Wednesday, October 29, 2008

Women in Art - Video

Check out this video (link in the post headline) that shows 500 years of women portrayed in art. Incredible.

Op Art

Victor Vasarely (1908-1997)Vega-Nor, 1969
Check out the display in the hall at school to see more of his work.)

6 days until the election - boy, the tension is super high - fundamental shifts in reality - seemingly polar energies in the country - 'you're either fer 'em 'r against 'em - crazy, wild energy.

I was thinking about the blog, trying to go to sleep, but I was just too wound up from a heated political conversation with a relative. There were also media loops and sound bytes circling in my head. Then it came to me: op art. That was totally it - two opposing forces in perfect harmony with each other. Typically, it's the high contrast and energy vortex of the lines that overtakes the frontal cortex. Rods and cones in a frenzy. The site linked in this post headline takes you to a FABULOUS, small website about Op Art.

Tuesday, October 28, 2008

Artist of the Week - Justine Smith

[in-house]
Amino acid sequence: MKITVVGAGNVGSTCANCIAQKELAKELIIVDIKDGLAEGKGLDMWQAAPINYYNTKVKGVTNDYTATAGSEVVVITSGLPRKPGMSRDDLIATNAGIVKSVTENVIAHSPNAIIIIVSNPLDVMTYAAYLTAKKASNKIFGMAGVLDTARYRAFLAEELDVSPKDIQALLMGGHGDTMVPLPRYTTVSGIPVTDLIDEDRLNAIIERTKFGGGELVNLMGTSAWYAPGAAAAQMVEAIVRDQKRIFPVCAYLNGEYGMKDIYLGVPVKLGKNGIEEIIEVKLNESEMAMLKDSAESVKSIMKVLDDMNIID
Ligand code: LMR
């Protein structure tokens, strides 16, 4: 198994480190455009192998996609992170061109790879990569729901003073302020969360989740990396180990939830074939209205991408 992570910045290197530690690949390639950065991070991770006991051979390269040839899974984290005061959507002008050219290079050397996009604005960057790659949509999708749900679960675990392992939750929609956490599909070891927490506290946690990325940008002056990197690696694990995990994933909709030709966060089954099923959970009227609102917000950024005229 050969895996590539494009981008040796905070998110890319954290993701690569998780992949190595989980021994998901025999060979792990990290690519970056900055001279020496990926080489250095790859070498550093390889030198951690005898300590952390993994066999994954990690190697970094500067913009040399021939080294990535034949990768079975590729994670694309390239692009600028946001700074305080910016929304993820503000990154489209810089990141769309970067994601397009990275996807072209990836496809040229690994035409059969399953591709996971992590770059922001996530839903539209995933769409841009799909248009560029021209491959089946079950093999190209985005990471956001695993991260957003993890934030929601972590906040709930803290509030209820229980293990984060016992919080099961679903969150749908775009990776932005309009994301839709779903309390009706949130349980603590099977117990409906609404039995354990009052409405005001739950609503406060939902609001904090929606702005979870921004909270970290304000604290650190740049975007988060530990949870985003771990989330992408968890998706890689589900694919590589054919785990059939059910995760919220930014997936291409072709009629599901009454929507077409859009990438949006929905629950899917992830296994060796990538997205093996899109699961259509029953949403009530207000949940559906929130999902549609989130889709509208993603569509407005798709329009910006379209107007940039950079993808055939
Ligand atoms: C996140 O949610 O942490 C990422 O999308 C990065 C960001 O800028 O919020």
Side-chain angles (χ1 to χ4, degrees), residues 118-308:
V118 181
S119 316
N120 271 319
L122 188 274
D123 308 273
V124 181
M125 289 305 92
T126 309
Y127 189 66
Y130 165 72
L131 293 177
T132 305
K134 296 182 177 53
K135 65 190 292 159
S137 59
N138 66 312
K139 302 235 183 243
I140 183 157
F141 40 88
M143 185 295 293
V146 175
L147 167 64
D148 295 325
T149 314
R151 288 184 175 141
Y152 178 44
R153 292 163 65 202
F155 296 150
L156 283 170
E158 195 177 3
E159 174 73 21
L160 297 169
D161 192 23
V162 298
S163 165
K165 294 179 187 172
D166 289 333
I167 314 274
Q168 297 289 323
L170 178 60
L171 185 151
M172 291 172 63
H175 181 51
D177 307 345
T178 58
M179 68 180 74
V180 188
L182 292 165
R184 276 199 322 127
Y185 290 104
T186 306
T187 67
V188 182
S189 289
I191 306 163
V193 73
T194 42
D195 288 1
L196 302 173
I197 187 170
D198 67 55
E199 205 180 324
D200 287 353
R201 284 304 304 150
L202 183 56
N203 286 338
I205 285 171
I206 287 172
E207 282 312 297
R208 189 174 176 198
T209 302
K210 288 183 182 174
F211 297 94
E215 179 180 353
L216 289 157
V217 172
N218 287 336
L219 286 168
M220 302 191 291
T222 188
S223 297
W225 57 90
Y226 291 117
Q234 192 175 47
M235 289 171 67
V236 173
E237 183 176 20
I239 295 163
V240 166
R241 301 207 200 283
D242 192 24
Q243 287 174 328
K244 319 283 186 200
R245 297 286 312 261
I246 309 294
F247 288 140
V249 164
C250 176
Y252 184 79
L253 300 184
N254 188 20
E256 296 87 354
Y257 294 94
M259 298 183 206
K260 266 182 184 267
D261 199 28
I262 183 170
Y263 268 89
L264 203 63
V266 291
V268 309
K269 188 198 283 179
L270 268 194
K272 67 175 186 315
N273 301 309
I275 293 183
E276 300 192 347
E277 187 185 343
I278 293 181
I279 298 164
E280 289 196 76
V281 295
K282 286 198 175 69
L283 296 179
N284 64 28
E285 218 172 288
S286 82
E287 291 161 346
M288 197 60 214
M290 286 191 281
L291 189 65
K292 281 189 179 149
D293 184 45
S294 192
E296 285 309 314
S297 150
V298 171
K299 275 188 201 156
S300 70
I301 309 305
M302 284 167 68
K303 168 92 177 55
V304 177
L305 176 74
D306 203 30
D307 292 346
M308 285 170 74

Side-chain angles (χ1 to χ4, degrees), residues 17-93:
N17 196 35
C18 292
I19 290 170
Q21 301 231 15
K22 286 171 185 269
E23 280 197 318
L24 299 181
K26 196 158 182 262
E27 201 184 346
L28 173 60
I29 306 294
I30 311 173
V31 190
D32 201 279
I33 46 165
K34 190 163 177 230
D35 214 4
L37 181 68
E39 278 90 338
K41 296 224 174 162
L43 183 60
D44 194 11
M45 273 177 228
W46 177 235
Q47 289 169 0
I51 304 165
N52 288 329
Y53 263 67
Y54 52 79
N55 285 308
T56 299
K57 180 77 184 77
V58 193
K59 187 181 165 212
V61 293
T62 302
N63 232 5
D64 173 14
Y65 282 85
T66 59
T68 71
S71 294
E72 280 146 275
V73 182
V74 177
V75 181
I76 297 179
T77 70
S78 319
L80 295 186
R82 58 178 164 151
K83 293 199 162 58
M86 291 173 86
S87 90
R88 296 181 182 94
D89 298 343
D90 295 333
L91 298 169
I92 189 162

Money, money, money! That is one of the major topics in the news right now - AND, we get minute by minute updates - what's up, down, gone, promised, lost, hoarded, slashed or stashed. It got me thinking about artists that might work with money, so I googled and found Justine Smith, a British artist whose medium is primarily paper and can be more specifically money. Here's what her website has to say about this piece I'm featuring, "Money Map of the World" 2004/05.

"Her work is an exploration of our relationship with money and our response to it, in a political, moral and social sense, whilst also exploiting the physical beauty of the note. A Banknote is not only an abstract representation of our labour, but the imagery depicted on it also symbolises the ideas and ideals of a given country's culture and the society that its people live in.

The 'Money Map of the World' compounds many of Smith's ideas relating to money. This piece of work took seven months to produce and is made up of banknotes from every country in the world. The images and cultural symbols on the banknotes are significant and can give an indication not only of the economy of a given country, but also important aspects of its culture. Aside from more obvious images of the local flora and fauna, one can also see elements of a country's history, religion, its aspirations and defining achievements. In some areas such as the Middle East, spiritual and cultural alliances can be seen as groups of countries appear to merge due to the similarity of Islamic design on the banknotes. One can also see economic alliances such as the Eurozone, or West and Central African states, which share common currencies between a group of nations. Similarly, one can also see traces of old empires - some countries borders are naturally formed by rivers or mountains, but other countries borders are man-made and to an extent divided by money."